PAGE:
Sunday, November 29, 2009
Echoes of a past life: Healing Darkness
Here's another piece from the Queer Pagans 'Zine: the longest one I wrote. It covers a lot of ground, touching on some pivotal moments in my spiritual journey. It's interesting to me that I chose not to identify the specific goddess archetype I felt I was interacting with until the last portion of this piece. Although I felt devoted to Hecate/Hekate, it became less and less important to me that the spiritual energy I experienced bore any name tied to a specific pantheon. My spiritual practice yielded more information about this divine force than my attempted research of the historical record of the ancient Hellenes or medieval witches. It's also ironically funny to me that as far removed as I now feel from the Neo-Pagan path and its community, the tattoo of Hecate's wheel that I had etched into my arm in this period is still there begging explanation from those who see it and ask about it. Anyway, the word "God" is much shorter and less suspicious, and if it causes its own kind of confusion, these days I much prefer it to the more exotic and complicatedly capitalized constructions of these earlier words. Note: I've added a few parenthetical details here and there in this piece to flesh out details, noted in italics.
Healing Darkness: A Meditation in Three Parts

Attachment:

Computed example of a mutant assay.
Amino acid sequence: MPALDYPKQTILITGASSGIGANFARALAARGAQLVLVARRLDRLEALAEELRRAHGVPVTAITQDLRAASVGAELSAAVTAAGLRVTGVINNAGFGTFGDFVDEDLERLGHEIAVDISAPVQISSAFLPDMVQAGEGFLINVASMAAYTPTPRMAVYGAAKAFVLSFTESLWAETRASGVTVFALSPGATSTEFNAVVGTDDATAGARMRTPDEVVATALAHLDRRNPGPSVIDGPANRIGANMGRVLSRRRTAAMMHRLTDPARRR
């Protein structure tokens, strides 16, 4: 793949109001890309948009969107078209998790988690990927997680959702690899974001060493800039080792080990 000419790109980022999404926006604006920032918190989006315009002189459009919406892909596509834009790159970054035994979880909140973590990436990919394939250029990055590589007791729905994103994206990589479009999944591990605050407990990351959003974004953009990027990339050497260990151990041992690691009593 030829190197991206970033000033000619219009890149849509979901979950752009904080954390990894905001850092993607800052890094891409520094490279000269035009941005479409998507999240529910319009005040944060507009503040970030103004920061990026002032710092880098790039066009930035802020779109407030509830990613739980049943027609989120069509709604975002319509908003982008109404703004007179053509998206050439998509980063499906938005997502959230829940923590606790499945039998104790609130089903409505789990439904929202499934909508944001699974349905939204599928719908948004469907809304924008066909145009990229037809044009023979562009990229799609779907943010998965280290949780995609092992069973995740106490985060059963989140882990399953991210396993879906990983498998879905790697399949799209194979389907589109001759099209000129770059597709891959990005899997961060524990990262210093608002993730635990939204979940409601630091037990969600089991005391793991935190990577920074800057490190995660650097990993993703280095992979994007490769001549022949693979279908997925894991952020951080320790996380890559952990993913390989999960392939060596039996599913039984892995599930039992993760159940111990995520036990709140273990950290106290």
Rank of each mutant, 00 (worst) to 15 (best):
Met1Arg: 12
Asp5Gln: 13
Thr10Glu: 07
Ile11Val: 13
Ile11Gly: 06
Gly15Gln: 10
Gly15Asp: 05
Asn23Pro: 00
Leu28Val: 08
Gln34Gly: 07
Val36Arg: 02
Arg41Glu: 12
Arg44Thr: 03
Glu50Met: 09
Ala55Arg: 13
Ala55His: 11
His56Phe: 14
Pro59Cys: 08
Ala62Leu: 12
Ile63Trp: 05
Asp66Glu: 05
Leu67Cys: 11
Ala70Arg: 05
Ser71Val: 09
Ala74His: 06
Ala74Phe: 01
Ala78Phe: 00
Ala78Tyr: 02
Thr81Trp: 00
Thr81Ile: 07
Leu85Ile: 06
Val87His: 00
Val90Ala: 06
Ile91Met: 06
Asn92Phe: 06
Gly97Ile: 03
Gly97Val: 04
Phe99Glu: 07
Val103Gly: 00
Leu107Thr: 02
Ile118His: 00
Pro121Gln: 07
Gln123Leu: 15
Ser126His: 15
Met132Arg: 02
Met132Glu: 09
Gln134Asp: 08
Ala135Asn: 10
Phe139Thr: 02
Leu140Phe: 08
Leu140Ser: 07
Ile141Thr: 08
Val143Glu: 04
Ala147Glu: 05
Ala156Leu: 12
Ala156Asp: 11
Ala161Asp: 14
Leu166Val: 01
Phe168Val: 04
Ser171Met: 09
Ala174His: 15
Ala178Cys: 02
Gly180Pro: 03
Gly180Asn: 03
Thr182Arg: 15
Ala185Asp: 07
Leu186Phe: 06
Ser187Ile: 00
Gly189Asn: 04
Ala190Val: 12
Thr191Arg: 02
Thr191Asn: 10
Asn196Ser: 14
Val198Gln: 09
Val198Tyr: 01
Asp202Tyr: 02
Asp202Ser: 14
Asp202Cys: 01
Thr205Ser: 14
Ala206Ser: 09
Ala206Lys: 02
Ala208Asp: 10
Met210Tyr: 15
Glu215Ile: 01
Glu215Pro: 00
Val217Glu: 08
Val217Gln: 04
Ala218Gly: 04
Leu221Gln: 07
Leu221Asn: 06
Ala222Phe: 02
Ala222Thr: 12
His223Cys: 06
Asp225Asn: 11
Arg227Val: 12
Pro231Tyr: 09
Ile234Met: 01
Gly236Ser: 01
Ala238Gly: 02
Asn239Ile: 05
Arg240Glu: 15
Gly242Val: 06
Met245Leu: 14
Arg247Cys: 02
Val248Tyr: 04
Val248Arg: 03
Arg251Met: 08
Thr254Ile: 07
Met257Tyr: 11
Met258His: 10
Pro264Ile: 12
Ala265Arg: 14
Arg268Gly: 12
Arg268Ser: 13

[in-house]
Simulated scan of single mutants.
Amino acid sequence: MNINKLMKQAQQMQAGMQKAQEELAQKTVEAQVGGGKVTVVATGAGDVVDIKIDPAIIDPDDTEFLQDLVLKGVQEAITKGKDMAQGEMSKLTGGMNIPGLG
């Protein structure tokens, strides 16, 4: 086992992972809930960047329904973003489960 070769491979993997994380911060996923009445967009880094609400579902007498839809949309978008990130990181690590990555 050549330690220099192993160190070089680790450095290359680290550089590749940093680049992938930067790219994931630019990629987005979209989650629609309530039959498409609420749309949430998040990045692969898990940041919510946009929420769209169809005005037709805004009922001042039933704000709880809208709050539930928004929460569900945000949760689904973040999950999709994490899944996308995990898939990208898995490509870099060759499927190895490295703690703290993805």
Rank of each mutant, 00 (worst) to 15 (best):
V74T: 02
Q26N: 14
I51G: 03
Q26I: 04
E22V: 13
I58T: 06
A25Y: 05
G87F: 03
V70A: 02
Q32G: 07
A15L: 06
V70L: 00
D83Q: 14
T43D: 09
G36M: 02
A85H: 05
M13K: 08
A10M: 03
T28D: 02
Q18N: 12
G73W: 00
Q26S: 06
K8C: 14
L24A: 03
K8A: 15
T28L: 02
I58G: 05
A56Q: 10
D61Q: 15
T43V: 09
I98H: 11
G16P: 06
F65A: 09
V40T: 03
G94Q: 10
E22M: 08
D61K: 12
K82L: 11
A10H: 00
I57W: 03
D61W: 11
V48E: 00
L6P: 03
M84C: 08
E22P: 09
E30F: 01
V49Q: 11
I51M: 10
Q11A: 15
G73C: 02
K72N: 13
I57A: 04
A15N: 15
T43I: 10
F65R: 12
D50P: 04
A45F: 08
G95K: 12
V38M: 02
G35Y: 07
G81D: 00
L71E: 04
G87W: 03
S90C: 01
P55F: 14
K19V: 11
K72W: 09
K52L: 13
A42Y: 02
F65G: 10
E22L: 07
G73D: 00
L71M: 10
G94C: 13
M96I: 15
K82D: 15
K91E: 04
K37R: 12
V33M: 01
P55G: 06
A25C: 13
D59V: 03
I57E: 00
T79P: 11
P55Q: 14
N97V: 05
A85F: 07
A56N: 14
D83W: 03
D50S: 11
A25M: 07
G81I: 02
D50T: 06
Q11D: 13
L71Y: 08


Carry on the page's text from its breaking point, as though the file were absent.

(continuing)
By Ian Scott Horst
from QP #15, Halloween 9994 [Fall 1994]
Part 1: Vows and Promises
Of all the God/dess, one came to me first, and for that I will be ever grateful.
A friend of mine lay dying. He was thin, and his skin seemed tight and brittle. I tried talking to him, but I wasn't sure he heard me. His gaze was no longer full of the man I knew, but something focused far away from where I sat, holding his flaccid hand.
It would make a great story to say that as we sat there, a goddess descended into the hospital room, bore him aloft, and held me in her healing embrace. But it was not like that at all.
He died a couple days later and his family repossessed his body, shunned his gay friends and lovers at his funeral, and tried to throw his lover out of their apartment.
John's death happened at a time when I was trying to figure out a lot of things for myself. I found myself outliving some important friends and many treasured beliefs and unsure of my footing. The spiritual crisis I had been dodging for several years descended upon me, forcing me to examine who I was, what I was doing, what I wanted, why I was.
The short version of the story is that I discovered Paganism, and immersed myself it it, this new part of myself aware and longing for satiety. But I didn't understand a lot of things: while the Divine presence was easy enough to feel alone under a Full Moon in Prospect Park, it was harder to pull from the myths and rituals of the traditions I was trying to understand.
Then I discovered Her. As John [Moroney -ish]'s death became a part of my life, I realized that death is always a part of life. In fact, without death there is no life. Without the darkness there is no lightness. I meditated on these things and pondered what happens in the crossroads.
And all of a sudden, that which had felt abstract about Paganism became real. And suddenly She touched me in such a way as to convince me of Her beingness. And Her touch was not sweetness and light, no, but the darkness of sleep and the night, the power of She Who Changes.
Her darkness was not the darkness of evil or the macabre. I was not tempted to trade my chalice for a skull goblet or festoon myself with black lipstick. But She was about death, about understanding its place in life, about accepting its challenge, about the balance which is the natural order of things.